“Excuse me. Can you spare 80 cents? We’re short. If you have a dollar bill, I can give you 20 cents back. Please.” A man and a woman, 20-something and possibly under the influence or otherwise disoriented, approach Hanni El Khatib, who’s sitting outside a restaurant adjacent to Oakland’s Fox Theater on historic Telegraph Avenue.
Skuzz-blues guitarist El Khatib, the Bay Area native who now calls Los Angeles home, pulls out a dollar from his wallet and lets the pair keep their change. They thank him, not realizing that the tattooed man with the slicked back hair is taking the stage tonight, and continue on their way.
“They’re probably like … I mean, dude,” the 33-year-old pauses. “I used to live here when I was 18, and I kind of remember…”
A little earlier, El Khatib glanced up and down Telegraph and at the lit-up marquee of the theater. The area was once a gritty part of the city. Gang shootings and brazen daylight robberies were the norm here before the area was revitalized. Even in 2011, when he opened here for Florence and the Machine, a riot connected to the police shooting death of Oscar Grant shut down several blocks outside.
“Oakland seems real safe these days, huh? I used to live on 31st, and it was a different zone,” he remembers.
El Khatib released his third album, Moonlight, in January on Innovative Leisure, the Stone’s Throw imprint he runs with two friends. Besides touring in support of his own record (a headlining trek is planned for April), he is involved in the big-picture management and project decisions at the label, which now has about 20 artists on its roster. He’s gotten into production, working with Parisian psychedelic band Wall of Death. He’s also teamed up with several hip-hop artists, including Freddie Gibbs. And if that isn’t enough for one man, he’s now consulting for skateboarding fashion label HUF, his previous employer that brought him from San Francisco to Los Angeles in 2010 and was his last day job prior to jumping off into a music career.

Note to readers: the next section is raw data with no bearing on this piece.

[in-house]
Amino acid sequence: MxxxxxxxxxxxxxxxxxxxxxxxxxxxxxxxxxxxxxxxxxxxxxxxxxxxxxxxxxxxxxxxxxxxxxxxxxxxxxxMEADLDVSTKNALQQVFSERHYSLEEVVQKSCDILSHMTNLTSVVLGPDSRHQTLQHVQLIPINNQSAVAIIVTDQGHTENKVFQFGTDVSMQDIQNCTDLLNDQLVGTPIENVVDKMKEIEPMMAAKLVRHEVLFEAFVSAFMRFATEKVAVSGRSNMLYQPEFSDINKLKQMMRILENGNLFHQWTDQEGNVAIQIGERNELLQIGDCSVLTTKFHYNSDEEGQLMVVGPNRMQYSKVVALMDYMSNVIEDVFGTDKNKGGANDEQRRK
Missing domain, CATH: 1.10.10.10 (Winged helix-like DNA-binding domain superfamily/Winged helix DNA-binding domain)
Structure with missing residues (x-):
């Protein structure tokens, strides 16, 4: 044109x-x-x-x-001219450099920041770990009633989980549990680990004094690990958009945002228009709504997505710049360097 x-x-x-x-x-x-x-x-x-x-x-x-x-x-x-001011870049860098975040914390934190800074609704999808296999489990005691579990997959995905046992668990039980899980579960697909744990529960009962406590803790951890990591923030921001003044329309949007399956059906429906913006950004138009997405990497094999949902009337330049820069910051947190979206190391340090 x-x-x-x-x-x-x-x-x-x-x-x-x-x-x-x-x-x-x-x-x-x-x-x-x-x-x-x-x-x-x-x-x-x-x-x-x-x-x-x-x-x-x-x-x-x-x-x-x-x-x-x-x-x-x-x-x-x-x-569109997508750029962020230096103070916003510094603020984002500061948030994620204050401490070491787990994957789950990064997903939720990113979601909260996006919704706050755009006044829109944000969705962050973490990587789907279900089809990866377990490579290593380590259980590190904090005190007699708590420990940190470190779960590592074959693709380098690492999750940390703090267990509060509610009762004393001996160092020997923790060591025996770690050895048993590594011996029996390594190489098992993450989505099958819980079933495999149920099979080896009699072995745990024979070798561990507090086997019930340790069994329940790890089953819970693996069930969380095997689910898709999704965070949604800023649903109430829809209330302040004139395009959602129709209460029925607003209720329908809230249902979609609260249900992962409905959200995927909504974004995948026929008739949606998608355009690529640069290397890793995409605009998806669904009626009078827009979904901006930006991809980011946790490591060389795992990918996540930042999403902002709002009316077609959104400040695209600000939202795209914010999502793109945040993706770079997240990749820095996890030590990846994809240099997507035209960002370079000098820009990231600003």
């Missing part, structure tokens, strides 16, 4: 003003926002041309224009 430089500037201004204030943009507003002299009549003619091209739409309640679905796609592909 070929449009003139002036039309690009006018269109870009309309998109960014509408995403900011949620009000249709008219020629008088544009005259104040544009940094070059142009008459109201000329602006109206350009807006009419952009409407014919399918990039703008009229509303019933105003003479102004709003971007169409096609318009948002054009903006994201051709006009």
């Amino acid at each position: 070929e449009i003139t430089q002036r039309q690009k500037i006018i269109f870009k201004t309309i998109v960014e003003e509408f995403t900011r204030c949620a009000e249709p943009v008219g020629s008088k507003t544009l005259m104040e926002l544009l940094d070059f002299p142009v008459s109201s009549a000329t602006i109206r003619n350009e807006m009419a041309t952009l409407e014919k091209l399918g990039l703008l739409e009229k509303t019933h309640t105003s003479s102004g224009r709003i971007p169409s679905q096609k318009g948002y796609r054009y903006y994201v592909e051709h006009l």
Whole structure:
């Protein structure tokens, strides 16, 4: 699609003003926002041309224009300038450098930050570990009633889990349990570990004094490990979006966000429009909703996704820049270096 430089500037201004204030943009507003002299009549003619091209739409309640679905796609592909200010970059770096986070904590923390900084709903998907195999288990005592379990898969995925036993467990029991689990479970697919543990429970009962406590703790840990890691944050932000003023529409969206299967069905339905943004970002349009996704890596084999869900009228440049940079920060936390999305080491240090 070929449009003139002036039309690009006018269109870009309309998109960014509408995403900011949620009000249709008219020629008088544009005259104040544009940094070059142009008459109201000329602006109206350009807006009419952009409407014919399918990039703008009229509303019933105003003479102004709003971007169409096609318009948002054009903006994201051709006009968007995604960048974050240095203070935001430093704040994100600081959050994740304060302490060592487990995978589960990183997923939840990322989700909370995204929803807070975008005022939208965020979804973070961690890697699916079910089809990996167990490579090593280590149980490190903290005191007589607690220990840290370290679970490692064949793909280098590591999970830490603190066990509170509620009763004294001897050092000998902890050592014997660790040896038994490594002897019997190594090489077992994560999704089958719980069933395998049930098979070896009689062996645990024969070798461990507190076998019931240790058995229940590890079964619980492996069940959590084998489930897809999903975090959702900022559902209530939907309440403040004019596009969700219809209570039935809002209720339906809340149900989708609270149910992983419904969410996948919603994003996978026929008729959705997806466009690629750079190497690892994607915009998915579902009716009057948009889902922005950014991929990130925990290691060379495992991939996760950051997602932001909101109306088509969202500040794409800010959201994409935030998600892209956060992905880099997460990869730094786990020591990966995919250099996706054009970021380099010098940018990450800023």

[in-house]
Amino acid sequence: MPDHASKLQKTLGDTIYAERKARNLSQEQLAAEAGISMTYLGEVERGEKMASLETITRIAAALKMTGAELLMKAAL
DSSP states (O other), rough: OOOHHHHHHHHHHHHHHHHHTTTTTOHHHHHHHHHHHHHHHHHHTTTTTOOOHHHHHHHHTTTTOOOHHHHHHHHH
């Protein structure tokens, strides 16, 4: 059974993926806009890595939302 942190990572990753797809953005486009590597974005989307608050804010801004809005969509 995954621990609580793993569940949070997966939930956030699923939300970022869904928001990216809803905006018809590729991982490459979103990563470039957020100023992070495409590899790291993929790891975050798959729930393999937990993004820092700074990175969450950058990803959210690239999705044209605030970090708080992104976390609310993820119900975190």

“I didn’t think I [missed that work], but then I started working with them again just these past few months,” he says. “I was doing some work backstage for them just now.”
El Khatib’s first album, 2011’s Will the Guns Come Out, elevated the singer-guitarist’s stature from bedroom recording musician and bar performer to opener for Florence and the Machine, writer of TV and commercial placement-friendly tunes, and a big name in Europe, especially France.
“The French have a love for rock ‘n’ roll music. They still have people like Johnny Hallyday, who is like their Elvis,” El Khatib says. “They still have that, where we have people like rappers and R&B singers. They have rock ‘n’ roll bands who are selling out stadiums.”
It was a French bar where he met Dan Auerbach of the Black Keys, who produced his second album, 2013’s Head in the Dirt. His work was more polished than his debut album, but failed to generate the buzz of a radio hit.
El Khatib doesn’t mind, and further still, is glass-half-full about the experience. It took the pressure off so he could create a third album of whatever music he felt like writing.
“It was a green light to make any record I wanted,” he says. “I didn’t have any pressure to follow it up with anything. I didn’t even have pressure to make another album. No one was telling me I had to make another record.”